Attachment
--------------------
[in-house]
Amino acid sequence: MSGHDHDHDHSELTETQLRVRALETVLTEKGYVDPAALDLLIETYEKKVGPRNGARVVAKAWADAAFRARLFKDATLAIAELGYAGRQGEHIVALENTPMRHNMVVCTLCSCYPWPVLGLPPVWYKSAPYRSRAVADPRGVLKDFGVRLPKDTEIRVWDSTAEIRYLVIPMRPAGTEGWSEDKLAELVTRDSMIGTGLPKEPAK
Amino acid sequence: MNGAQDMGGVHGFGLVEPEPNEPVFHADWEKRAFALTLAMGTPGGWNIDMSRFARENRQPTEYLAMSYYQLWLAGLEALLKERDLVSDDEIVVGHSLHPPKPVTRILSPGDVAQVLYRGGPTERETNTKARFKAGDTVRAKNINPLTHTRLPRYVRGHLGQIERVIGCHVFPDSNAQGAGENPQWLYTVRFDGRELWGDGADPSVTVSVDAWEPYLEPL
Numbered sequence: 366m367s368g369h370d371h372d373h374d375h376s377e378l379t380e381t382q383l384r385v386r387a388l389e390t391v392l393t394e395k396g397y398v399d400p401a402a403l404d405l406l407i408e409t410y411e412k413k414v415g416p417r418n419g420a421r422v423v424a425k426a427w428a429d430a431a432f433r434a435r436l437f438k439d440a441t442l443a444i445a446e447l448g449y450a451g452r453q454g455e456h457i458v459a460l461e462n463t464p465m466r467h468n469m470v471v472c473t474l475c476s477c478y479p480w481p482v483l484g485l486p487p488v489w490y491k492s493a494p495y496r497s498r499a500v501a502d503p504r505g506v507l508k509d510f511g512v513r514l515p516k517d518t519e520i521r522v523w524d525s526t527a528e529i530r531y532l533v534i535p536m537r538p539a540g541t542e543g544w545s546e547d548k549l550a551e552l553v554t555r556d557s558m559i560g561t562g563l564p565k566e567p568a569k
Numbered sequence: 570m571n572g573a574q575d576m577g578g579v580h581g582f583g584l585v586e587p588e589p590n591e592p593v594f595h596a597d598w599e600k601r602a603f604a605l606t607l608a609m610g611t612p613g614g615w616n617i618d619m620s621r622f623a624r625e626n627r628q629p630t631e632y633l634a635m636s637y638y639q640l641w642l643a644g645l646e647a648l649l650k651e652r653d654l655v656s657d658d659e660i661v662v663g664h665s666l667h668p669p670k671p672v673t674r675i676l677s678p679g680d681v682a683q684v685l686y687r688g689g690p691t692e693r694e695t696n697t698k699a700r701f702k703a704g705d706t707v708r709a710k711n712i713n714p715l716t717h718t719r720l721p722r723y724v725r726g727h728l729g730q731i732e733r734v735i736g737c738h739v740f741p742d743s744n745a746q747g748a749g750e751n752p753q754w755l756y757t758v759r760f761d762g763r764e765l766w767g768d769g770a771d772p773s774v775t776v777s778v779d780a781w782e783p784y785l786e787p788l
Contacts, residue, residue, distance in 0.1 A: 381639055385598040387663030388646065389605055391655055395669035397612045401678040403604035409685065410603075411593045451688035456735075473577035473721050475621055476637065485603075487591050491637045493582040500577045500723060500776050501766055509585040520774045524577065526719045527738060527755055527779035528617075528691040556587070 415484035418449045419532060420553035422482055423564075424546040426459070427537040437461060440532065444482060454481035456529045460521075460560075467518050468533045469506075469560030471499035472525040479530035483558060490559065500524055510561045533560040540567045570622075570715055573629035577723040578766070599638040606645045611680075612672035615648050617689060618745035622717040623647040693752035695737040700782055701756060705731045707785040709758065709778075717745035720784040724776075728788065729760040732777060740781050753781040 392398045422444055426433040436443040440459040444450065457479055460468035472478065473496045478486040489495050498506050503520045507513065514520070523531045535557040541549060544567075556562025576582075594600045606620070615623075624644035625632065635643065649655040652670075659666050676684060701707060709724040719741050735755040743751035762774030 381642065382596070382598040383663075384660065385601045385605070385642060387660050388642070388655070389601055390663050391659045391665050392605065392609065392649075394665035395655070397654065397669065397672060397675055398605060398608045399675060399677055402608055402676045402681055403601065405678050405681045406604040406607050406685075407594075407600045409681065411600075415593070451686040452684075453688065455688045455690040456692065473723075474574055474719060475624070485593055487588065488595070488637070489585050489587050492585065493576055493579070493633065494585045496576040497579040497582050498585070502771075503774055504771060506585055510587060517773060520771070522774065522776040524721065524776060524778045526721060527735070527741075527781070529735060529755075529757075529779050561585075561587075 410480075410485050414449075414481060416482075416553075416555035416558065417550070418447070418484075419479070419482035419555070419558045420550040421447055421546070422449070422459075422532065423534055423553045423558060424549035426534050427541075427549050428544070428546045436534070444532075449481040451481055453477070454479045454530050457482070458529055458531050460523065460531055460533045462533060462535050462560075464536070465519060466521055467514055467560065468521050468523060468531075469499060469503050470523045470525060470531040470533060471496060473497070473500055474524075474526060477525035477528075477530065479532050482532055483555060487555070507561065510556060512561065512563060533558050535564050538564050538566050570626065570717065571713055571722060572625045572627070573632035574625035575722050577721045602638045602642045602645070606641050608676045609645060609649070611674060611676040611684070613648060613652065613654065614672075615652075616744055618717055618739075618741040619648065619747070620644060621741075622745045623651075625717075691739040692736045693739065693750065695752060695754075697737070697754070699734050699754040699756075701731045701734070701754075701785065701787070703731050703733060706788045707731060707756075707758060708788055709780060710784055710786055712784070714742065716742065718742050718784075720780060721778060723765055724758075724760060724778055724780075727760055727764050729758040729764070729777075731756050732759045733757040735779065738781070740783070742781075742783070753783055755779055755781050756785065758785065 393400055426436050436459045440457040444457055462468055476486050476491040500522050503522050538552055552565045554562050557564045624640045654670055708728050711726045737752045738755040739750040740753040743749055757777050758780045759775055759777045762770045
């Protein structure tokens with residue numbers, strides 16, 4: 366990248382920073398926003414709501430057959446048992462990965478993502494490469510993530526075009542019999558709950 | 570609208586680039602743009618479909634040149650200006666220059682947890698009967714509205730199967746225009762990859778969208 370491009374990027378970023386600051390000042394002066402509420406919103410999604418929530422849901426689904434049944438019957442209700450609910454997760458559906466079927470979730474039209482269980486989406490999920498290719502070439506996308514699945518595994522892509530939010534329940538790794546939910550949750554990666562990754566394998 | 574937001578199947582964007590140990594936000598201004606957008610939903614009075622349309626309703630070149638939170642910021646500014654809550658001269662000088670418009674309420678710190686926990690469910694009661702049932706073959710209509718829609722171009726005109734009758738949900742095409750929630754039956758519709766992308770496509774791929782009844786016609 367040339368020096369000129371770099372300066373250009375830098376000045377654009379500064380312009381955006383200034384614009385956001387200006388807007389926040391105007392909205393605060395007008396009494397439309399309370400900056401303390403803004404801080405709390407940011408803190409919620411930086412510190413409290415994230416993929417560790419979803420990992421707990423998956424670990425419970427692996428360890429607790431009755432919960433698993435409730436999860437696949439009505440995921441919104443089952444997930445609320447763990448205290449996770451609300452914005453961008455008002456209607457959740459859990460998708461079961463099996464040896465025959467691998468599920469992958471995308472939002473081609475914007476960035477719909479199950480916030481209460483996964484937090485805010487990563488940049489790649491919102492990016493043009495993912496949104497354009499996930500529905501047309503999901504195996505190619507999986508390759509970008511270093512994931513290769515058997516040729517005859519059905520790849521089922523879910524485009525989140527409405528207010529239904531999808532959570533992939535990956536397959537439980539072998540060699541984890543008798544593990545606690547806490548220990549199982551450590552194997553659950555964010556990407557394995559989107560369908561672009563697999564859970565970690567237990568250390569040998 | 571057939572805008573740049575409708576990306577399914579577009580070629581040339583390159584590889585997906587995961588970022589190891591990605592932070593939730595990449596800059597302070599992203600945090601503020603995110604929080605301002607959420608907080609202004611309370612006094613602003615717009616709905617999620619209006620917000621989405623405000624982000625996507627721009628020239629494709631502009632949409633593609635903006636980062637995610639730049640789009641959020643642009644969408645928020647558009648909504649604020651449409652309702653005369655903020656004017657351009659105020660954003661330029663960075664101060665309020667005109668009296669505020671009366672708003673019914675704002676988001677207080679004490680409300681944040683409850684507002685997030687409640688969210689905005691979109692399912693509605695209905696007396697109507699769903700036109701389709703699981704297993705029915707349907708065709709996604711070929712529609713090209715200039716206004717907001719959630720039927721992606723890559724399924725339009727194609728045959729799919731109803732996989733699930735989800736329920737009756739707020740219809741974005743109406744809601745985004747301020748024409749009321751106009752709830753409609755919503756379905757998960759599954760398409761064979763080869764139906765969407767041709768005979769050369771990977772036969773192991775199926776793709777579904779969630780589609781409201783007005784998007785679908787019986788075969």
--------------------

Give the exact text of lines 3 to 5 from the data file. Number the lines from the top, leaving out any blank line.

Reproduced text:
Amino acid sequence: MNGAQDMGGVHGFGLVEPEPNEPVFHADWEKRAFALTLAMGTPGGWNIDMSRFARENRQPTEYLAMSYYQLWLAGLEALLKERDLVSDDEIVVGHSLHPPKPVTRILSPGDVAQVLYRGGPTERETNTKARFKAGDTVRAKNINPLTHTRLPRYVRGHLGQIERVIGCHVFPDSNAQGAGENPQWLYTVRFDGRELWGDGADPSVTVSVDAWEPYLEPL
Numbered sequence: 366m367s368g369h370d371h372d373h374d375h376s377e378l379t380e381t382q383l384r385v386r387a388l389e390t391v392l393t394e395k396g397y398v399d400p401a402a403l404d405l406l407i408e409t410y411e412k413k414v415g416p417r418n419g420a421r422v423v424a425k426a427w428a429d430a431a432f433r434a435r436l437f438k439d440a441t442l443a444i445a446e447l448g449y450a451g452r453q454g455e456h457i458v459a460l461e462n463t464p465m466r467h468n469m470v471v472c473t474l475c476s477c478y479p480w481p482v483l484g485l486p487p488v489w490y491k492s493a494p495y496r497s498r499a500v501a502d503p504r505g506v507l508k509d510f511g512v513r514l515p516k517d518t519e520i521r522v523w524d525s526t527a528e529i530r531y532l533v534i535p536m537r538p539a540g541t542e543g544w545s546e547d548k549l550a551e552l553v554t555r556d557s558m559i560g561t562g563l564p565k566e567p568a569k
Numbered sequence: 570m571n572g573a574q575d576m577g578g579v580h581g582f583g584l585v586e587p588e589p590n591e592p593v594f595h596a597d598w599e600k601r602a603f604a605l606t607l608a609m610g611t612p613g614g615w616n617i618d619m620s621r622f623a624r625e626n627r628q629p630t631e632y633l634a635m636s637y638y639q640l641w642l643a644g645l646e647a648l649l650k651e652r653d654l655v656s657d658d659e660i661v662v663g664h665s666l667h668p669p670k671p672v673t674r675i676l677s678p679g680d681v682a683q684v685l686y687r688g689g690p691t692e693r694e695t696n697t698k699a700r701f702k703a704g705d706t707v708r709a710k711n712i713n714p715l716t717h718t719r720l721p722r723y724v725r726g727h728l729g730q731i732e733r734v735i736g737c738h739v740f741p742d743s744n745a746q747g748a749g750e751n752p753q754w755l756y757t758v759r760f761d762g763r764e765l766w767g768d769g770a771d772p773s774v775t776v777s778v779d780a781w782e783p784y785l786e787p788l